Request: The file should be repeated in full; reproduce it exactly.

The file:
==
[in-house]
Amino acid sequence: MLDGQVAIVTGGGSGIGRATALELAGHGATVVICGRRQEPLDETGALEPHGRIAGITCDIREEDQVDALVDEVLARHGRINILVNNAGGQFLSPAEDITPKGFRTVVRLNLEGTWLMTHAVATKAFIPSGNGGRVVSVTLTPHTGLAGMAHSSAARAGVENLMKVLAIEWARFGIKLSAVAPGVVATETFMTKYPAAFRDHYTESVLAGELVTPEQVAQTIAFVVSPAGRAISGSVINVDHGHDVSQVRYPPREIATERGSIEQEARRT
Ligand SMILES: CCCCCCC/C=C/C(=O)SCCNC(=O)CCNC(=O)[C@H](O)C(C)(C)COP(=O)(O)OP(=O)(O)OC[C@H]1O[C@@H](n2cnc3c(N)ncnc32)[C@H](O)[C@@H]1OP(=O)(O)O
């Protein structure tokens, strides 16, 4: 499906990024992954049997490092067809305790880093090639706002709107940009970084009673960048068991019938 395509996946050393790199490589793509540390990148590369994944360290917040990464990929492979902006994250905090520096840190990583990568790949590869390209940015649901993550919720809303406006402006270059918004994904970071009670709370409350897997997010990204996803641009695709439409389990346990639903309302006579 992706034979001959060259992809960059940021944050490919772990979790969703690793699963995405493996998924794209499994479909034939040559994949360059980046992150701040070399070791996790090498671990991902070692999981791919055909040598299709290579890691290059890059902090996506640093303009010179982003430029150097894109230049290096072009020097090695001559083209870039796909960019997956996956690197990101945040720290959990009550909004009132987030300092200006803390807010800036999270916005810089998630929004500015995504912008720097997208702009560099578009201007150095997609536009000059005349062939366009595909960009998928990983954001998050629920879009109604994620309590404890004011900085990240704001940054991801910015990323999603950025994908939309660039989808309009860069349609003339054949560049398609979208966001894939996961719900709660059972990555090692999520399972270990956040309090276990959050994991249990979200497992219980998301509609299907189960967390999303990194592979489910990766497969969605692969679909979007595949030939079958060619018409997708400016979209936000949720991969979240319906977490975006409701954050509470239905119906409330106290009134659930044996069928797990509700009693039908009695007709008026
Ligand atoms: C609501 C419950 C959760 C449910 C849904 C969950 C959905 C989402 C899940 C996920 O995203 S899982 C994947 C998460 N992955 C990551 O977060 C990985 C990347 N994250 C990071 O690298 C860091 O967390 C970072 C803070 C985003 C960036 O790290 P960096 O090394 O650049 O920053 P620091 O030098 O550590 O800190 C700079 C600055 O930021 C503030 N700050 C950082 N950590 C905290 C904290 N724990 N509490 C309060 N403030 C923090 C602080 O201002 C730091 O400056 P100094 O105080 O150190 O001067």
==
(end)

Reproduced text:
[in-house]
Amino acid sequence: MLDGQVAIVTGGGSGIGRATALELAGHGATVVICGRRQEPLDETGALEPHGRIAGITCDIREEDQVDALVDEVLARHGRINILVNNAGGQFLSPAEDITPKGFRTVVRLNLEGTWLMTHAVATKAFIPSGNGGRVVSVTLTPHTGLAGMAHSSAARAGVENLMKVLAIEWARFGIKLSAVAPGVVATETFMTKYPAAFRDHYTESVLAGELVTPEQVAQTIAFVVSPAGRAISGSVINVDHGHDVSQVRYPPREIATERGSIEQEARRT
Ligand SMILES: CCCCCCC/C=C/C(=O)SCCNC(=O)CCNC(=O)[C@H](O)C(C)(C)COP(=O)(O)OP(=O)(O)OC[C@H]1O[C@@H](n2cnc3c(N)ncnc32)[C@H](O)[C@@H]1OP(=O)(O)O
């Protein structure tokens, strides 16, 4: 499906990024992954049997490092067809305790880093090639706002709107940009970084009673960048068991019938 395509996946050393790199490589793509540390990148590369994944360290917040990464990929492979902006994250905090520096840190990583990568790949590869390209940015649901993550919720809303406006402006270059918004994904970071009670709370409350897997997010990204996803641009695709439409389990346990639903309302006579 992706034979001959060259992809960059940021944050490919772990979790969703690793699963995405493996998924794209499994479909034939040559994949360059980046992150701040070399070791996790090498671990991902070692999981791919055909040598299709290579890691290059890059902090996506640093303009010179982003430029150097894109230049290096072009020097090695001559083209870039796909960019997956996956690197990101945040720290959990009550909004009132987030300092200006803390807010800036999270916005810089998630929004500015995504912008720097997208702009560099578009201007150095997609536009000059005349062939366009595909960009998928990983954001998050629920879009109604994620309590404890004011900085990240704001940054991801910015990323999603950025994908939309660039989808309009860069349609003339054949560049398609979208966001894939996961719900709660059972990555090692999520399972270990956040309090276990959050994991249990979200497992219980998301509609299907189960967390999303990194592979489910990766497969969605692969679909979007595949030939079958060619018409997708400016979209936000949720991969979240319906977490975006409701954050509470239905119906409330106290009134659930044996069928797990509700009693039908009695007709008026
Ligand atoms: C609501 C419950 C959760 C449910 C849904 C969950 C959905 C989402 C899940 C996920 O995203 S899982 C994947 C998460 N992955 C990551 O977060 C990985 C990347 N994250 C990071 O690298 C860091 O967390 C970072 C803070 C985003 C960036 O790290 P960096 O090394 O650049 O920053 P620091 O030098 O550590 O800190 C700079 C600055 O930021 C503030 N700050 C950082 N950590 C905290 C904290 N724990 N509490 C309060 N403030 C923090 C602080 O201002 C730091 O400056 P100094 O105080 O150190 O001067």